It ain't me

Posted: May 02, 2006 9:05 PM

Never has a Beltway Beat column item generated as much reader response as the one last week on Hollywood actors of yesteryear who threw aside their scripts to fight for their country - something our current crop of celebrities has avoided like the plague.

In fact, we challenged readers to name one modern American celebrity (apart from the late football star Pat Tillman) who has served or fought for his or her country in the past 15 years. Not a single person succeeded.

"I can think of several current actors who served: (Sylvester) Stallone was a Vietnam veteran. Charlie Sheen single-handedly saved the Gulf. Tom Hanks served in World War II. (Demi) Moore trained to be a (Navy) Seal. Oh wait - I'm confusing fiction with reality," writes Jerry Stephens of Lothian, Md.

"Even Hollywood . . . sent its best to wars prior to Vietnam," we quoted University of Dayton professor Larry Schweikart as saying in his new book, "America's Victories." He pointed out that professional actors were as "thoroughly represented" in the military during World War II as any other group.

In fact, Schweikart was among those who wrote to The Beltway Beat after our item appeared.

"One thing I found interesting was that the sons and daughters of senators (and) congressmen served at a higher rate than their percentage in the U.S. population," the author told us. "So much for Creedence Clearwater Revival's, 'It ain't me, it ain't me, I ain't no fortunate one.'"

Many readers complained that we did not include Audie Murphy among an abbreviated list of actors who fought in World War II. One of the U.S. Army's most decorated soldiers, Murphy became an actor after his wartime service.


"Whenever I'm at a restaurant and spot somebody in a military uniform, I pick up their check to show them my appreciation for what they're doing for my country." - Former Los Angeles Dodgers Manager Tommy Lasorda, in a conversation about the war in Iraq with this columnist on Sunday.


"You cannot possibly imagine how thoroughly crushed I was this morning when I read (about) the fish caught by Chef David Guas," angler Charlie Loveless of Baltimore writes to The Beltway Beat about the popular DC Coast chef.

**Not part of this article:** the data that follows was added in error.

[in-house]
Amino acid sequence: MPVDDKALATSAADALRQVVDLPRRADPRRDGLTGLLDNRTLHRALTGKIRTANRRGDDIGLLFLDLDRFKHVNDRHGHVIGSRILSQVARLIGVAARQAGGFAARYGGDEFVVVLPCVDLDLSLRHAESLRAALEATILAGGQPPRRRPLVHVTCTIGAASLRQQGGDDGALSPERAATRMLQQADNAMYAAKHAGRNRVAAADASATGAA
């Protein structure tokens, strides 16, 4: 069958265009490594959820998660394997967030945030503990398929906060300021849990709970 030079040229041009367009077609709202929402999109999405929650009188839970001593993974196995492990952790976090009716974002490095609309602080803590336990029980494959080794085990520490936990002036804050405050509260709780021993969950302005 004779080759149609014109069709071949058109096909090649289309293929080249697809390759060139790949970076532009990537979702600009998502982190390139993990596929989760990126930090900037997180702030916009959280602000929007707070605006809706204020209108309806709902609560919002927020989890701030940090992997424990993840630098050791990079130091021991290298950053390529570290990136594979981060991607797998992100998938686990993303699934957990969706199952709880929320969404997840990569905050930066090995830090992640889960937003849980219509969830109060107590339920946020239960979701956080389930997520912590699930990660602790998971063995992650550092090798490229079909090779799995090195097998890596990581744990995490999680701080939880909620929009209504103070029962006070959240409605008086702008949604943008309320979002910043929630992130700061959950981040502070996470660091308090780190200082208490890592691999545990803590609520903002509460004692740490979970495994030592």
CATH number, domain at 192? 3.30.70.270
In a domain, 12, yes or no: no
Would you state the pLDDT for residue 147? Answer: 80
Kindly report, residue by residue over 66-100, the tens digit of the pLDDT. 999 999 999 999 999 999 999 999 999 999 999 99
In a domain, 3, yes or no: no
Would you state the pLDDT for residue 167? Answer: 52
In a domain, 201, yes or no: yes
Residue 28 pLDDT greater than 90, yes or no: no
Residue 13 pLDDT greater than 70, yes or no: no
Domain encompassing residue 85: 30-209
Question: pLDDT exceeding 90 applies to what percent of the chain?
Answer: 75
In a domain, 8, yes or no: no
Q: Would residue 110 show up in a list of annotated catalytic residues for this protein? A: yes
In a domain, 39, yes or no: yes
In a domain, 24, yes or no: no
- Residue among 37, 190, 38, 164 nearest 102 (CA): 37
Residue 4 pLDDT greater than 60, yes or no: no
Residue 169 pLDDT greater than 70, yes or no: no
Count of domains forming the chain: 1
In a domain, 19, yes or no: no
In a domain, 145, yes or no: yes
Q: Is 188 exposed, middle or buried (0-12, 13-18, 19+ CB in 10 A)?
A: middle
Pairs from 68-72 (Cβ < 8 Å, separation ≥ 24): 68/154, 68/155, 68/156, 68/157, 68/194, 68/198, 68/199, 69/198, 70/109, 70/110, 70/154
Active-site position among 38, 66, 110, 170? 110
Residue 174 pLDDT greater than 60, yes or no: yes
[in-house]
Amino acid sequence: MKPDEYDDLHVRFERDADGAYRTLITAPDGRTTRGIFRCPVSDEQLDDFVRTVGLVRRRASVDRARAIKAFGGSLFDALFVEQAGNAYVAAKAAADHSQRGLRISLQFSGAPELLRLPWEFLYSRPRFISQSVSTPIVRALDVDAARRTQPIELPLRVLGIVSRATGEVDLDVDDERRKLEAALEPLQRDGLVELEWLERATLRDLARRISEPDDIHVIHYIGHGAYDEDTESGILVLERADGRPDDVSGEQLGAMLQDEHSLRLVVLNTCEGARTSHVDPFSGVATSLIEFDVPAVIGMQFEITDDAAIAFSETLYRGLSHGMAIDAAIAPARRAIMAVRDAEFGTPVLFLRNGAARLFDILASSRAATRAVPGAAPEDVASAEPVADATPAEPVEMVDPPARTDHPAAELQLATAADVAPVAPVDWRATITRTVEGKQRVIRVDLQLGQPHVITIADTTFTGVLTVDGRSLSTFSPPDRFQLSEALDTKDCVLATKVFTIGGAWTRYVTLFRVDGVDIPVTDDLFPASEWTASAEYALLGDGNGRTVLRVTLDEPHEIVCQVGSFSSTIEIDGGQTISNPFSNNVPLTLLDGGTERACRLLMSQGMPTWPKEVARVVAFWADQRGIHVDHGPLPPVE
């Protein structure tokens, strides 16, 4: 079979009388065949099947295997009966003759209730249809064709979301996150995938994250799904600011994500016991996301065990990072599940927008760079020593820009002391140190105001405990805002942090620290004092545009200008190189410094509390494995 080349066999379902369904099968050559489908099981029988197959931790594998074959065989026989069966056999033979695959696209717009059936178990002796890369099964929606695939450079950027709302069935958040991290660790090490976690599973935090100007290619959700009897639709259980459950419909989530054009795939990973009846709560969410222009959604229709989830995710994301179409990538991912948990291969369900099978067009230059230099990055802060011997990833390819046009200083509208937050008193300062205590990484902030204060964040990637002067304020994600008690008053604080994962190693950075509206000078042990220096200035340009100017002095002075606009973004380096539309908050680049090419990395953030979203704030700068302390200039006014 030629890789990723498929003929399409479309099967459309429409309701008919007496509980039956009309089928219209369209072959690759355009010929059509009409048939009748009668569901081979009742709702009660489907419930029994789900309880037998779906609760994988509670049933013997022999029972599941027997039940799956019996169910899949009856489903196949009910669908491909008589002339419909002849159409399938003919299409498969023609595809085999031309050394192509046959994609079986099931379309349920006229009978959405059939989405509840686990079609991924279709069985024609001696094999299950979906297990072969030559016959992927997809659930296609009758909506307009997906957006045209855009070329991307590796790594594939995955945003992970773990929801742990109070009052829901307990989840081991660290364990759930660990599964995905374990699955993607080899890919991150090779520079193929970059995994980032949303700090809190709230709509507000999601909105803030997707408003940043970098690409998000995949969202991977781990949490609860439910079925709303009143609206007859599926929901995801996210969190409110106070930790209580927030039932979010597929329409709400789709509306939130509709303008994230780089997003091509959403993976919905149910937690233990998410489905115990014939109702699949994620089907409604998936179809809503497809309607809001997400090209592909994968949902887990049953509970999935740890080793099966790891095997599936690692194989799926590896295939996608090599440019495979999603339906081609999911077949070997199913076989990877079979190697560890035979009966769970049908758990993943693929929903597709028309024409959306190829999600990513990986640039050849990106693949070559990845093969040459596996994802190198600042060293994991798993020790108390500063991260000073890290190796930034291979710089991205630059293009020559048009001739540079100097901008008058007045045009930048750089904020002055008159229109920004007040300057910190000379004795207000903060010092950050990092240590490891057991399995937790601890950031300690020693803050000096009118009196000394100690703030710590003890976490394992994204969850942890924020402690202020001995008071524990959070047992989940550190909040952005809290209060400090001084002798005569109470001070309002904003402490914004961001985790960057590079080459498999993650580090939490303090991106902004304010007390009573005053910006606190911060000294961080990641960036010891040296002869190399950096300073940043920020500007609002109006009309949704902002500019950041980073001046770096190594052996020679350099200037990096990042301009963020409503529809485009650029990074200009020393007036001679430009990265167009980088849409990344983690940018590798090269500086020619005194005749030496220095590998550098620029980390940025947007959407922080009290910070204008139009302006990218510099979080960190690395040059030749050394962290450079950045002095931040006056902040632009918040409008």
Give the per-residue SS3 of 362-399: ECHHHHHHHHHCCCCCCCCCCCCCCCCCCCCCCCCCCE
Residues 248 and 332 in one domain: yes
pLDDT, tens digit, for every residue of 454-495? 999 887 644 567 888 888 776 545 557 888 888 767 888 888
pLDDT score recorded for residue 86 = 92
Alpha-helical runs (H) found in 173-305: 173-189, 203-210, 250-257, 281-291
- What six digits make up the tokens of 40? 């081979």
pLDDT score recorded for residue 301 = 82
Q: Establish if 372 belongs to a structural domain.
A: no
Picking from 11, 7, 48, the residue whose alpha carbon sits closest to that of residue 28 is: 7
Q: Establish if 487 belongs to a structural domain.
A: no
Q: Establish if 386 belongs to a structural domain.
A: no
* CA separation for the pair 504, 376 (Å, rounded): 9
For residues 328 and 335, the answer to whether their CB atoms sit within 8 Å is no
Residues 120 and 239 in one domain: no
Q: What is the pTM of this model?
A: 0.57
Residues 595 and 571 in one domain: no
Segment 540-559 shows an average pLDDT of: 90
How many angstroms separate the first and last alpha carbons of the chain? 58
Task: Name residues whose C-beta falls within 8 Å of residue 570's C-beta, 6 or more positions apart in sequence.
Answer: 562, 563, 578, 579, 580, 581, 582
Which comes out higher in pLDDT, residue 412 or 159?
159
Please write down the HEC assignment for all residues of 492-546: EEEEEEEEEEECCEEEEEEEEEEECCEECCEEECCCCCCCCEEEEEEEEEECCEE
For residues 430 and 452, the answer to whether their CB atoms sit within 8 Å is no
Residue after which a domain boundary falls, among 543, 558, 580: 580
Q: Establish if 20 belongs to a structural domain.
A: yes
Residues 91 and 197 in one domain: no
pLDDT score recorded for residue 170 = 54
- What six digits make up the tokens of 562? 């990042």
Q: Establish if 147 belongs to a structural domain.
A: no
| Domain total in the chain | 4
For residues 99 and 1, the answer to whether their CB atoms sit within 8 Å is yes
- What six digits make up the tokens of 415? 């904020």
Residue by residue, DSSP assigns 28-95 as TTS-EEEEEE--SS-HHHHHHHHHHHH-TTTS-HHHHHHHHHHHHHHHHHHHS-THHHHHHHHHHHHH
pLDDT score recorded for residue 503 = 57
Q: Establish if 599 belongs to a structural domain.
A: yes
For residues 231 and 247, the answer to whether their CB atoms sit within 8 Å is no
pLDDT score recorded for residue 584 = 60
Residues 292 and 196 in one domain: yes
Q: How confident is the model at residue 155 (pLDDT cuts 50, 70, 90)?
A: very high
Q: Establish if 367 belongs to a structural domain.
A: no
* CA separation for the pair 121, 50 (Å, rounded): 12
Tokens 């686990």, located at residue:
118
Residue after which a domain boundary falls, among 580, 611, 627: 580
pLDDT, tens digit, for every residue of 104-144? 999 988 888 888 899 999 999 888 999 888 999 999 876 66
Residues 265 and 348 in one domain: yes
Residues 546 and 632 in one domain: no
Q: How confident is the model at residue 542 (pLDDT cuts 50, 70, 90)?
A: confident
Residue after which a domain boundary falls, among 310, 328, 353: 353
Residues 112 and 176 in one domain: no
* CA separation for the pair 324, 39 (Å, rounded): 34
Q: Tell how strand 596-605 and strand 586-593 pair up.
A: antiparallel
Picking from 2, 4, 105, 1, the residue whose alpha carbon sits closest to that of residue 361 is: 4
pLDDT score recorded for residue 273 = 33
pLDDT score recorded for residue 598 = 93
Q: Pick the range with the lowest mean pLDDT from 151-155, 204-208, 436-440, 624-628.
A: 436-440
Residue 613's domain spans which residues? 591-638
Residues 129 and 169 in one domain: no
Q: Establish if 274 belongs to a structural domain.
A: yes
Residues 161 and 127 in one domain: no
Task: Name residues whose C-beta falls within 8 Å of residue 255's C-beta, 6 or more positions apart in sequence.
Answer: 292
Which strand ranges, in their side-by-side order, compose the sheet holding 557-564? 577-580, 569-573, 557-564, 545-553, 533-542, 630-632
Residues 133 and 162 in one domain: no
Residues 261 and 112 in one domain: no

"Prior to his (50-pound) catch, I believe that I was the current record holder this year with the rockfish I caught May 19 out of Chesapeake Beach. My fish weighed in at 48.5 pounds and was 49 3/4 (inches) long.

"I don't mind so much that my fish didn't hold up for this year's record, but to lose to a pastry chef out of Washington, D.C. . . . was just too much for me to handle this morning. I'm not sure I'll be able to recover this year. By the way, he doesn't play golf, too, does he?"


The villagers are referred to by a leading scientist in Washington as the "first refugees of global warming."

Igor Krupnik, an anthropologist with the Smithsonian Institution's National Museum of Natural History, has conducted more than 30 years of field work in Arctic communities on the human and cultural aspects of climate change.

In the latest issue of Smithsonian magazine, he calls attention to "refugees" from the Alaskan village of Shismaref, until the mid-1970s encased and well-protected by 20 to 30 miles of land ice that in the height of winter now only reaches 6 to 7 miles.

"We tend to describe climate change in terms that are abstract - a one-degree rise in temperatures, an increase in greenhouse gasses - but when waves wash away a village, that's concrete and very emotional," Krupnik says.


What's the No. 1 hotel in Washington?

According to the "Guide to the Capital's Wild Side" contained in the latest issue of Men's Journal, "There's more than just power lunches inside the Beltway. Little known by most locals, the 40-room Tabard Inn in Dupont Circle is hands down the best hotel in D.C."


The Paradigm Clock, set into motion by the Paradigm Research Group (PRG) to track the proximity to a formal announcement by the U.S. government confirming an extraterrestrial presence engaging the human race, has been reset to 11:59:45 - 15 seconds to midnight.

Such an announcement is formally referred to as "disclosure" and supposedly would mark the end of a 59-year truth embargo imposed by federal authorities. Midnight on the Paradigm Clock is disclosure.

According to PRG Executive Director Stephen Bassett, "Due to extraordinary circumstances primarily pertaining but not limited to the United States, a window of opportunity has opened for a disclosure event to take place. This window should last through the November election and may remain open or possibly close depending upon the outcome of the election."

Bassett didn't mention what the "extraordinary circumstances" were; however, if you're as suspicious of your neighbor as this columnist, you might keep your distance until such time as Uncle Sam comes clean.

The previous setting for the Paradigm Clock was 11:58:45, on March 8, 2004.


"Dr. Martin Luther King Jr. was a Republican" - or so state T-shirts (white and "urban black" in all sizes), buttons and mousepads being peddled by the National Black Republican Association, headquartered along Pennsylvania Avenue.


Yet another House Republican critical of his own party leaders is Rep. Jeff Flake of Arizona, upset that the House Republican leadership continues to encourage GOP members "to boast" about the new Medicare prescription-drug entitlement.

Because of the new entitlement, "30 million people are more dependent on the federal government than they were a year ago, and future generations will have to foot the bill," he says. "That is something that no party professing to believe in limited government should be proud of."